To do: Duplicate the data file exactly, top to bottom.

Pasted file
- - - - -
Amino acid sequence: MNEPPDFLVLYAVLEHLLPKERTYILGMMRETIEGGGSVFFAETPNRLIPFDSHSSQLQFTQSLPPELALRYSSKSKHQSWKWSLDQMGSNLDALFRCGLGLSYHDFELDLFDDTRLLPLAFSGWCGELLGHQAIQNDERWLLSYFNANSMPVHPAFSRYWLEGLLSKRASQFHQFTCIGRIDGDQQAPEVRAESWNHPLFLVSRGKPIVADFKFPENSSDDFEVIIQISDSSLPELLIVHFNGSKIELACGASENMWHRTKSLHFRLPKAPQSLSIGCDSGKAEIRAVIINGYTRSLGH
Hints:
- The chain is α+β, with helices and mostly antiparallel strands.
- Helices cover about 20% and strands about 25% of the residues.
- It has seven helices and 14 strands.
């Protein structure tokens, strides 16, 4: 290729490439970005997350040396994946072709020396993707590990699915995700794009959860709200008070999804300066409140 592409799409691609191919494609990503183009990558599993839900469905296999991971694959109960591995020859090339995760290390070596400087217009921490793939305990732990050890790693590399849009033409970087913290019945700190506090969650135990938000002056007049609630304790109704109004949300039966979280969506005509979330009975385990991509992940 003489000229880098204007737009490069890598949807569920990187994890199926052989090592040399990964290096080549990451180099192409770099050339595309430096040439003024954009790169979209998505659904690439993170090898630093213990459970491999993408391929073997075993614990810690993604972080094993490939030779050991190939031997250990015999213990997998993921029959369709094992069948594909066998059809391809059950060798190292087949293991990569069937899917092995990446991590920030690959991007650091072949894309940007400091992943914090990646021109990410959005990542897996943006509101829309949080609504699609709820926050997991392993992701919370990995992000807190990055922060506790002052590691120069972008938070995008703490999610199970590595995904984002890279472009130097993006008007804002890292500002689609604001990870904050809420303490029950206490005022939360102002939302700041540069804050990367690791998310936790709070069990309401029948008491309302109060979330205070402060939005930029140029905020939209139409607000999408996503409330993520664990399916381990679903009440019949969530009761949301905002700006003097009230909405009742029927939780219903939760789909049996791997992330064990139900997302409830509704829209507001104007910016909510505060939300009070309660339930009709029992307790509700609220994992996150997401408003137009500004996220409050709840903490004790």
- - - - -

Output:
Amino acid sequence: MNEPPDFLVLYAVLEHLLPKERTYILGMMRETIEGGGSVFFAETPNRLIPFDSHSSQLQFTQSLPPELALRYSSKSKHQSWKWSLDQMGSNLDALFRCGLGLSYHDFELDLFDDTRLLPLAFSGWCGELLGHQAIQNDERWLLSYFNANSMPVHPAFSRYWLEGLLSKRASQFHQFTCIGRIDGDQQAPEVRAESWNHPLFLVSRGKPIVADFKFPENSSDDFEVIIQISDSSLPELLIVHFNGSKIELACGASENMWHRTKSLHFRLPKAPQSLSIGCDSGKAEIRAVIINGYTRSLGH
Hints:
- The chain is α+β, with helices and mostly antiparallel strands.
- Helices cover about 20% and strands about 25% of the residues.
- It has seven helices and 14 strands.
């Protein structure tokens, strides 16, 4: 290729490439970005997350040396994946072709020396993707590990699915995700794009959860709200008070999804300066409140 592409799409691609191919494609990503183009990558599993839900469905296999991971694959109960591995020859090339995760290390070596400087217009921490793939305990732990050890790693590399849009033409970087913290019945700190506090969650135990938000002056007049609630304790109704109004949300039966979280969506005509979330009975385990991509992940 003489000229880098204007737009490069890598949807569920990187994890199926052989090592040399990964290096080549990451180099192409770099050339595309430096040439003024954009790169979209998505659904690439993170090898630093213990459970491999993408391929073997075993614990810690993604972080094993490939030779050991190939031997250990015999213990997998993921029959369709094992069948594909066998059809391809059950060798190292087949293991990569069937899917092995990446991590920030690959991007650091072949894309940007400091992943914090990646021109990410959005990542897996943006509101829309949080609504699609709820926050997991392993992701919370990995992000807190990055922060506790002052590691120069972008938070995008703490999610199970590595995904984002890279472009130097993006008007804002890292500002689609604001990870904050809420303490029950206490005022939360102002939302700041540069804050990367690791998310936790709070069990309401029948008491309302109060979330205070402060939005930029140029905020939209139409607000999408996503409330993520664990399916381990679903009440019949969530009761949301905002700006003097009230909405009742029927939780219903939760789909049996791997992330064990139900997302409830509704829209507001104007910016909510505060939300009070309660339930009709029992307790509700609220994992996150997401408003137009500004996220409050709840903490004790």